Once a stressed bank is put on moratorium, DICGC will be liable to pay depositors an insured amount of Rs 5 lakh
The Deposit Insurance and Credit Corporation will get 30 days to authenticate claims of depositors of a failed bank after it receives a list of outstanding deposits from the lender.
According to the Deposit Insurance and Credit Guarantee Corporation (Amendment) Bill, 2021 passed by Rajya Sabha Wednesday, depositors of a stressed bank, put under moratorium, will be able to withdraw up to Rs 5 lakhs within 90 days.
Once a stressed bank is put on moratorium, DICGC will be liable to pay depositors an insured amount of Rs 5 lakh. A list showing the outstanding deposits of each depositor of the insured bank will have to be furnished by the lender within 45 days.
The DICGC, within 30 days of receiving the list will have to verify the authenticity of the claims made, and ascertain the willingness of each depositor to receive the amount due to him, out of his deposit in the insured bank. The entire process, from the time a bank is placed under moratorium to depositors receiving the insured amount, should not exceed 90 days, according to the DICGC Bill, 2021.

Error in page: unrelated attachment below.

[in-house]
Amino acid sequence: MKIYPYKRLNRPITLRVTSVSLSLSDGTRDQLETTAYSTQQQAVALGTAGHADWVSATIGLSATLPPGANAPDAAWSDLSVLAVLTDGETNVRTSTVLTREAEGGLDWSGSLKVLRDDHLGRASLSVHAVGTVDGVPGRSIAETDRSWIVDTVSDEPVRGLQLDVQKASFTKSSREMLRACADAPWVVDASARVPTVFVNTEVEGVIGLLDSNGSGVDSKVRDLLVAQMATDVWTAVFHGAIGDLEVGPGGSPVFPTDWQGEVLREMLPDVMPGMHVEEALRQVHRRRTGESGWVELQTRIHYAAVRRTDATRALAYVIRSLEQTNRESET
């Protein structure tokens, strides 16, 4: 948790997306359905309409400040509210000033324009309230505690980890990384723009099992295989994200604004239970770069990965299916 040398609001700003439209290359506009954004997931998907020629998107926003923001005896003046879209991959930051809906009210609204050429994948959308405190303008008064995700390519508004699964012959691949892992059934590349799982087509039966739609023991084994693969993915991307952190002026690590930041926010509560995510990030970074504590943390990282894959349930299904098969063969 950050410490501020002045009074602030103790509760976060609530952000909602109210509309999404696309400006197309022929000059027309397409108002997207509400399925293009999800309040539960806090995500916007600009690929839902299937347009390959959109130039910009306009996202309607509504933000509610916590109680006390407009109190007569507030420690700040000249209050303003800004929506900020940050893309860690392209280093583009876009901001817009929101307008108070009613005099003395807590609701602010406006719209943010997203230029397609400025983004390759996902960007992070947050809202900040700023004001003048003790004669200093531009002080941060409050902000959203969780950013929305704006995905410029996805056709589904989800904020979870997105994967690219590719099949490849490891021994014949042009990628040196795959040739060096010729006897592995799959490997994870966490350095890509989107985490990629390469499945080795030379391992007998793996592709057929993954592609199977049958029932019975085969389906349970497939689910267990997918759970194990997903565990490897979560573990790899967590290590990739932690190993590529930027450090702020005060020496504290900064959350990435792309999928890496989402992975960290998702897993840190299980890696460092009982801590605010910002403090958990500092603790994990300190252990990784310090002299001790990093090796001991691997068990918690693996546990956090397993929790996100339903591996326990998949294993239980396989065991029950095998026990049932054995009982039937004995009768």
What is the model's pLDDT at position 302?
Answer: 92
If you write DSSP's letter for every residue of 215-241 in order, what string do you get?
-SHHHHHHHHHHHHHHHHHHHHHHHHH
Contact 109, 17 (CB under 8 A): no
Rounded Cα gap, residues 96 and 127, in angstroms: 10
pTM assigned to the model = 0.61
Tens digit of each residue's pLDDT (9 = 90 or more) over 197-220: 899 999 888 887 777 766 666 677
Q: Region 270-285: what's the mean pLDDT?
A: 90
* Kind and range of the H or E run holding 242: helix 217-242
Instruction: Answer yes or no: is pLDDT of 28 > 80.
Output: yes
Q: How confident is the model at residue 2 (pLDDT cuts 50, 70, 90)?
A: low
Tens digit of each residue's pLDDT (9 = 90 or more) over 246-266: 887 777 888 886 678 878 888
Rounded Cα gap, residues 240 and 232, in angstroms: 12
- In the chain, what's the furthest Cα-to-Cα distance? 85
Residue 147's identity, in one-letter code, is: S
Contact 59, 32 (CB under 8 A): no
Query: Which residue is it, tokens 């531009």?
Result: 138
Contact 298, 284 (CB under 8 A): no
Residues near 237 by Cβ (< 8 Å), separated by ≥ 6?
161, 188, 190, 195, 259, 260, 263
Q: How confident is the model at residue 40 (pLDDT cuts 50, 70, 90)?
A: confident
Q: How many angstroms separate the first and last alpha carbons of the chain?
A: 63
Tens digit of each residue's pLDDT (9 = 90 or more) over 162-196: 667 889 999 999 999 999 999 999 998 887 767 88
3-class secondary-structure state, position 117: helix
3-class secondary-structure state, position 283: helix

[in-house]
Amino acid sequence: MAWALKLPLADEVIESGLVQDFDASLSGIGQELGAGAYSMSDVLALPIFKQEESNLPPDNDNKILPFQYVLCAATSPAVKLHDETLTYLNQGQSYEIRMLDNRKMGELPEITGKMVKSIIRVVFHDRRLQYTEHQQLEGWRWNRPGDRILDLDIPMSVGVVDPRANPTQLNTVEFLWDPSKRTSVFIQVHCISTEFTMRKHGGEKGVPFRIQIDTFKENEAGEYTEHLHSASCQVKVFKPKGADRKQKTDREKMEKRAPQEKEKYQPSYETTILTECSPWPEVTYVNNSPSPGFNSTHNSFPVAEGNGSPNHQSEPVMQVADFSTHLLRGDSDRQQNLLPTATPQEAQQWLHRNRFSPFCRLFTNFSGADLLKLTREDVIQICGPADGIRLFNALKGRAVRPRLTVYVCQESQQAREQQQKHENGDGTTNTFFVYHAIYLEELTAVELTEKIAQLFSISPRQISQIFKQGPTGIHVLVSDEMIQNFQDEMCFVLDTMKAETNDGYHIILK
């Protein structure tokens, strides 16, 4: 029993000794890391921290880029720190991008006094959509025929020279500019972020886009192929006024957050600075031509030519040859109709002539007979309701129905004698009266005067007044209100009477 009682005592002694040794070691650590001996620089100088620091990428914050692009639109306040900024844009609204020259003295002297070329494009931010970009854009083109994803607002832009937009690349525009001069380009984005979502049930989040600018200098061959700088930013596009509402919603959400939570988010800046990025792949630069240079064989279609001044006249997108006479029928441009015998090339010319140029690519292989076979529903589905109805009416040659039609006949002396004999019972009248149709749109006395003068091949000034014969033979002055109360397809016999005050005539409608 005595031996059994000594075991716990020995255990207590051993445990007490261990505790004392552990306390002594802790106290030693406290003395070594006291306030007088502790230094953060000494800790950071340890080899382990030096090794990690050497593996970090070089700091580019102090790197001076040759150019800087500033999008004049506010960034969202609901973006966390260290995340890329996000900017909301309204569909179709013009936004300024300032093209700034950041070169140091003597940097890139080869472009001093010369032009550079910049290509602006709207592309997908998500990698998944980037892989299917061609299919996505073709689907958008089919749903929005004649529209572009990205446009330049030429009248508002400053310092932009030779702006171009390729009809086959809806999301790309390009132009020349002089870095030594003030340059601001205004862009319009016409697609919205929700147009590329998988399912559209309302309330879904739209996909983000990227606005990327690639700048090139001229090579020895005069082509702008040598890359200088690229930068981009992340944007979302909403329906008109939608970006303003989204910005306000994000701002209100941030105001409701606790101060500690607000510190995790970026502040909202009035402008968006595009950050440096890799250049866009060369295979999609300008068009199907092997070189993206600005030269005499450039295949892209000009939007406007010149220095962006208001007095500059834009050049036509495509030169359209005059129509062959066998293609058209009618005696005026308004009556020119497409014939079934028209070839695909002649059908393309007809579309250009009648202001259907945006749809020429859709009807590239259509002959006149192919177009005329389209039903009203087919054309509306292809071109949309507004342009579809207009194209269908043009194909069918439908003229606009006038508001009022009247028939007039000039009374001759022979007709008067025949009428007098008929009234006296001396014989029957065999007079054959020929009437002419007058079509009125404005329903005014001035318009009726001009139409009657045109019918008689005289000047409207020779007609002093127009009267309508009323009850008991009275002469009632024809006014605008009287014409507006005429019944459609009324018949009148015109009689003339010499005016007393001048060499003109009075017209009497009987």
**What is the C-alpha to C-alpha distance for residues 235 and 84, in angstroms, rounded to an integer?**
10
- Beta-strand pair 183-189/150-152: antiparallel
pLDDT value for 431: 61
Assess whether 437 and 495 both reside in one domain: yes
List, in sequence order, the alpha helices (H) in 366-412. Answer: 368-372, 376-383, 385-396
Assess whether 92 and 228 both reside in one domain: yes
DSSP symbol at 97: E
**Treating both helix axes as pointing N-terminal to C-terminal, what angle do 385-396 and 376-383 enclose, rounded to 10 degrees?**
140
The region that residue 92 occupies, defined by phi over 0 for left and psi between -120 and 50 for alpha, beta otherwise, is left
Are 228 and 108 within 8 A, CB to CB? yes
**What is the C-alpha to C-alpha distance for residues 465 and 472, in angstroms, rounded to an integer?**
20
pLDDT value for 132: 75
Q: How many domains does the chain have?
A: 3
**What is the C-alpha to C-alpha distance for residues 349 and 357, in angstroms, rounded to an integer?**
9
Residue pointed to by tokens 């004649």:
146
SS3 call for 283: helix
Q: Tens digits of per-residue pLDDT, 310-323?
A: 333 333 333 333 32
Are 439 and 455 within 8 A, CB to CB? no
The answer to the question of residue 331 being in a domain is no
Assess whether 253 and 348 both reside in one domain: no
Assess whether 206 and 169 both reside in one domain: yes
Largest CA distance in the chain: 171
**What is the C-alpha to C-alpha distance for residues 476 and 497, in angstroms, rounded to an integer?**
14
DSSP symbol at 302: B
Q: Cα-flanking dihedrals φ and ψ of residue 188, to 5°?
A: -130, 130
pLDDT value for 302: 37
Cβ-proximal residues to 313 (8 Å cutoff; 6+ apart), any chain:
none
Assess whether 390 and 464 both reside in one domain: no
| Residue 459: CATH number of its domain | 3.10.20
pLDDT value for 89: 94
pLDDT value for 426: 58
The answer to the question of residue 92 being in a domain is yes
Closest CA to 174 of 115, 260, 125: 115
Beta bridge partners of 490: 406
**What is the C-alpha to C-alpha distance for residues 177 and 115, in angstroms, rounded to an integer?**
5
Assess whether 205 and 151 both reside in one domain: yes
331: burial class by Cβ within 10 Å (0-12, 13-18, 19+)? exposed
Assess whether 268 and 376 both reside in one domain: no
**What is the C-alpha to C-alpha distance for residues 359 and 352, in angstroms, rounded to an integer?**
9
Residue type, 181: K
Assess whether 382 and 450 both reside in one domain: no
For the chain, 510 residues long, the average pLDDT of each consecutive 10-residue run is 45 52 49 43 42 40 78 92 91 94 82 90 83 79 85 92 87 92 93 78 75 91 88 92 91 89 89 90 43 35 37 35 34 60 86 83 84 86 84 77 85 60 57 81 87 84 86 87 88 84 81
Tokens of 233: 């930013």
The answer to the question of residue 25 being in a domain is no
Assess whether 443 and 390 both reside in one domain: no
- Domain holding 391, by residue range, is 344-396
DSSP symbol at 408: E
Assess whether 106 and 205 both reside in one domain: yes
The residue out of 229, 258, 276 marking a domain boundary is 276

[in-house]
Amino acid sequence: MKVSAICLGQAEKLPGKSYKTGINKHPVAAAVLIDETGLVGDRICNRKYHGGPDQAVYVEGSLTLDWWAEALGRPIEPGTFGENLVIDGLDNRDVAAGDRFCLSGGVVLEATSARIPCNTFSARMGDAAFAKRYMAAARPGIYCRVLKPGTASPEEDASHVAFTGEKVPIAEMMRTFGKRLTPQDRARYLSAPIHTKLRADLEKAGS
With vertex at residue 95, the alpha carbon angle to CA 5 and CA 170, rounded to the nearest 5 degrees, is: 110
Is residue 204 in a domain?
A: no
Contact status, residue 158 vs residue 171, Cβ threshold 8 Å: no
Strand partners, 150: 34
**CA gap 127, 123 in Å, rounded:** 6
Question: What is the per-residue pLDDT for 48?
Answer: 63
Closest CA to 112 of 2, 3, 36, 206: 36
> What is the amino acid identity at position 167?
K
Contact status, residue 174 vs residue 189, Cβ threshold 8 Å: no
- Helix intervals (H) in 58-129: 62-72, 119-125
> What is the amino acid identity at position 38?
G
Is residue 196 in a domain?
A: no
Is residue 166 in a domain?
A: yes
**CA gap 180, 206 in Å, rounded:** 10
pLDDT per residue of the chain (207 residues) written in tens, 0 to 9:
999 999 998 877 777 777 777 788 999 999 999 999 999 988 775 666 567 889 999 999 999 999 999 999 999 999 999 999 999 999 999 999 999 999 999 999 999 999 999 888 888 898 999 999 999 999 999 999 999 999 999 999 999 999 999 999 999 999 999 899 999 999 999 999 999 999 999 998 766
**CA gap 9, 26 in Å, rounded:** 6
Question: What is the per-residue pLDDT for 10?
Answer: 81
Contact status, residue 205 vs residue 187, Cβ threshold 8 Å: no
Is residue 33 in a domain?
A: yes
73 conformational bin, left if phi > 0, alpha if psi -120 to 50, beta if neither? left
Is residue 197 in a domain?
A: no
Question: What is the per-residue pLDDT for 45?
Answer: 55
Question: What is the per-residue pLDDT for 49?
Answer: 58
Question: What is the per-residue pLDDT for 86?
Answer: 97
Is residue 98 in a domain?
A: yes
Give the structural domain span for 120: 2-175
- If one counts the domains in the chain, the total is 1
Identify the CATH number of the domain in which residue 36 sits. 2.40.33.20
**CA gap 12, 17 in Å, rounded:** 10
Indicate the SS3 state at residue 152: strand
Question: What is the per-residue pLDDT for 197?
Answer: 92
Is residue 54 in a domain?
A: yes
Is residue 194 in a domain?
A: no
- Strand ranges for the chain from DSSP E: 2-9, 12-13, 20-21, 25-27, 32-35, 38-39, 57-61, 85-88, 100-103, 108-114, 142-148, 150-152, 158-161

The bill also amends Section 15 of the DICGC Act to enable the corporation to increase the ceiling on the amount of premium paid by banks to DICGC to 15 paisa per annum for Rs 100 worth deposits, with the prior approval of the Reserve Bank of India (RBI).
The amendments also allows the corporation to impose penal interest for the amount to be repaid by the liquidator. According to Section 21(2)(a) of DICGC Act, liquidator is bound to repay the Corporation for the amount paid by it or provided for in case the depositors are not traceable. “Given the paucity of time for liquidator to draw up claims and secure liquid funds, the proposed amendments to the Act provide flexibility to the liquidator to seek deferment for such repayment to the Corporation for the period as may be decided by the board of directors of DICGC,” said Nischal S Arora, partner at Nangia Andersen.
In case of further delay beyond the time stipulated by the Board, the Corporation may charge penal interest at a maximum rate of 2 per cent above the repo rate per annum, for the amount to be repaid by the liquidator to the Corporation.
“There was no mechanism to impose a penalty under the earlier law in case of a default in repayment,” Arora said.